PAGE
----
In a couple of months, CWS could be sporting a truck very similar to this bad boy!

Echoing Green

For the second year in a row, CWS is a semi-finalist for the Echoing Green Fellowship. We are so excited, and honored to have made it this far! With all of the work we’ve done since last year, including in the addition of the fellowship program we think we have a better shot than last year!

Heading Back to Ghana

My plane ticket has officially been reserved and I will be heading back to Ghana on February 15th! I will have a very busy winter and spring, implementing in at least five more villages (sponsored by the Clopecks, our Facebook causes group, Gerry and Judy O’Connell, iContact, and one anonymous donor), while also preparing for our fellows to arrive in June. While fundraising, like online fundraising as well as physical events, and administrative work is a necessary component of working for a non-profit, I, like many others in my position I’m sure, truly love working in the field. I can’t wait to get back to Ghana and start doing what I love!

Welcome to the CWS Family Jarigu!


After two weeks of visiting many rural villages in Northern Region Ghana, we have selected Jarigu to be the next site for a CWS water treatment business. Not only does Jarigu meet all of the CWS village criteria (the only source of water is a dugout, the dugout does not dry-out in the dry season, the village is the right size, and there are no current water treatment projects), but it is also about 10 minutes away from Nyamaliga, which will make monitoring the two villages much easier Peter (our project manager). I met with the village elders today to explain the project and they were very eager to work with us and seemed to really understand the idea of a water treatment business. Over the next two weeks Peter and I will be working with members of Jarigu to build the water treatment center, distribute safe storage containers to every family, and select and train two women to work at the center. We are really excited to start implementing in this village and look forward to updating everyone on our progress. Thank you to Volunteer Shredding, LLC, Greg and Susan Gintoff for sponsoring this CWS water treatment business! Your donation is providing a permanent source of clean water for ~750 people!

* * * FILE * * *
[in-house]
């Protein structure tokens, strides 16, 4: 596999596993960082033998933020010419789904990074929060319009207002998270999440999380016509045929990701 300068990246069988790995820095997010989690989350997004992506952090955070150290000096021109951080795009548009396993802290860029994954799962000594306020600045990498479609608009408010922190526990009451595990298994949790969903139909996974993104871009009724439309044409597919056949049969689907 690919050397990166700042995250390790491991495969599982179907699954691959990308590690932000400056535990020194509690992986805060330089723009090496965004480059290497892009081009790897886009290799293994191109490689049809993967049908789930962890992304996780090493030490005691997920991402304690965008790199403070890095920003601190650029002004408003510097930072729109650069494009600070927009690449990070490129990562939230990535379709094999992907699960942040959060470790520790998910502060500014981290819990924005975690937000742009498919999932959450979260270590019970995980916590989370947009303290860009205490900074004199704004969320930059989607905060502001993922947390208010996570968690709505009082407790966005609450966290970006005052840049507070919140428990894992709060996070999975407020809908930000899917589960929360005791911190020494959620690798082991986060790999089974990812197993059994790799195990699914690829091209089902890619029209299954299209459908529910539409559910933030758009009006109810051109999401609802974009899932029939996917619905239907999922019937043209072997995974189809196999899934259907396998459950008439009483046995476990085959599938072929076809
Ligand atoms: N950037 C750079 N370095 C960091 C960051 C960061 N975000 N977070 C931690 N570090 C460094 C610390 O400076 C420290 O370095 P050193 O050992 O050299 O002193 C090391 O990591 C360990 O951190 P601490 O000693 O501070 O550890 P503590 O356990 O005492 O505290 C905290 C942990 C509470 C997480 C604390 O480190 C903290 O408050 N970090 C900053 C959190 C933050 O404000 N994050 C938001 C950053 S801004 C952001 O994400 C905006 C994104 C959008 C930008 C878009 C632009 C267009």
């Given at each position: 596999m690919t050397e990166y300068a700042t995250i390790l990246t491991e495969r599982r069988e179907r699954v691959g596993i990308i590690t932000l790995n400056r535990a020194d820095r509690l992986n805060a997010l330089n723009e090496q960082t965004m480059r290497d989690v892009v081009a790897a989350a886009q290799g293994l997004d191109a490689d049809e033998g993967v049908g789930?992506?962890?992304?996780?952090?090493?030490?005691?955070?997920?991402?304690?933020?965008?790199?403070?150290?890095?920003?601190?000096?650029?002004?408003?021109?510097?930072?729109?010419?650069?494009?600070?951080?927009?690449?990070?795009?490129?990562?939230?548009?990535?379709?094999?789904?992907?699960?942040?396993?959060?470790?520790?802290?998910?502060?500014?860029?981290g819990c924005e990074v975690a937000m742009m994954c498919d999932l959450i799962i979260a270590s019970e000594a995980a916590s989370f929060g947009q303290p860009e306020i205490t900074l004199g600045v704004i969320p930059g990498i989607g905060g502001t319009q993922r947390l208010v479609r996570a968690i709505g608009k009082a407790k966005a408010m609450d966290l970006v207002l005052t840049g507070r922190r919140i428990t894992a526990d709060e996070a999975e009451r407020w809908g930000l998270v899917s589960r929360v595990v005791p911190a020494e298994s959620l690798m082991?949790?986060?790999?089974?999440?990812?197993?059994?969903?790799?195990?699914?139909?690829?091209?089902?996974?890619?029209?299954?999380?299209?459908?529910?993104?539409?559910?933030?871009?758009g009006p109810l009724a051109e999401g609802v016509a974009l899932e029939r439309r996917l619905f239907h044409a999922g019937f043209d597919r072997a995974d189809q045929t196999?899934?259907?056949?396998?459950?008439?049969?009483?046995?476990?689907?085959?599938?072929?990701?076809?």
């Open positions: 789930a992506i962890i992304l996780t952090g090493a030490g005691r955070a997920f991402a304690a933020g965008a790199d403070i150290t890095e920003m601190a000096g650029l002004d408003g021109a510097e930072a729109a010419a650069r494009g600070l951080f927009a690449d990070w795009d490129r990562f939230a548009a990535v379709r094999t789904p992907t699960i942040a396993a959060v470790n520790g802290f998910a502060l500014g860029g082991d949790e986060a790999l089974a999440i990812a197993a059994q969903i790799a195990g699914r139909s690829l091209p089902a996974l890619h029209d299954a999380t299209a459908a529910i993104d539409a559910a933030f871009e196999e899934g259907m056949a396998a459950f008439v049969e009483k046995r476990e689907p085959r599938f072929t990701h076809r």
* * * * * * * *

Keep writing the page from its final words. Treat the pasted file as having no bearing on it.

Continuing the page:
The Jerigu Dugout- a shallow, stagnant, mad-made pond.  This is their only source of water.
The Jarigu Dugout- a shallow, stagnant, mad-made pond. This is their only source of water.
Close up of the Jerigu dugout.  People frequently ask us what water the people villages were drinking before we got there, well, this is it.
Close up of the Jarigu dugout. People frequently ask us what water the people villages were drinking before we got there, well, this is it.
Getting a water sample from the dugout- the water tested postive for E.coli. which indicates fecal contamination.
Getting a water sample from the dugout- the water tested positive for E.coli. which indicates fecal contamination.
Children in Jerigu
Children in Jarigu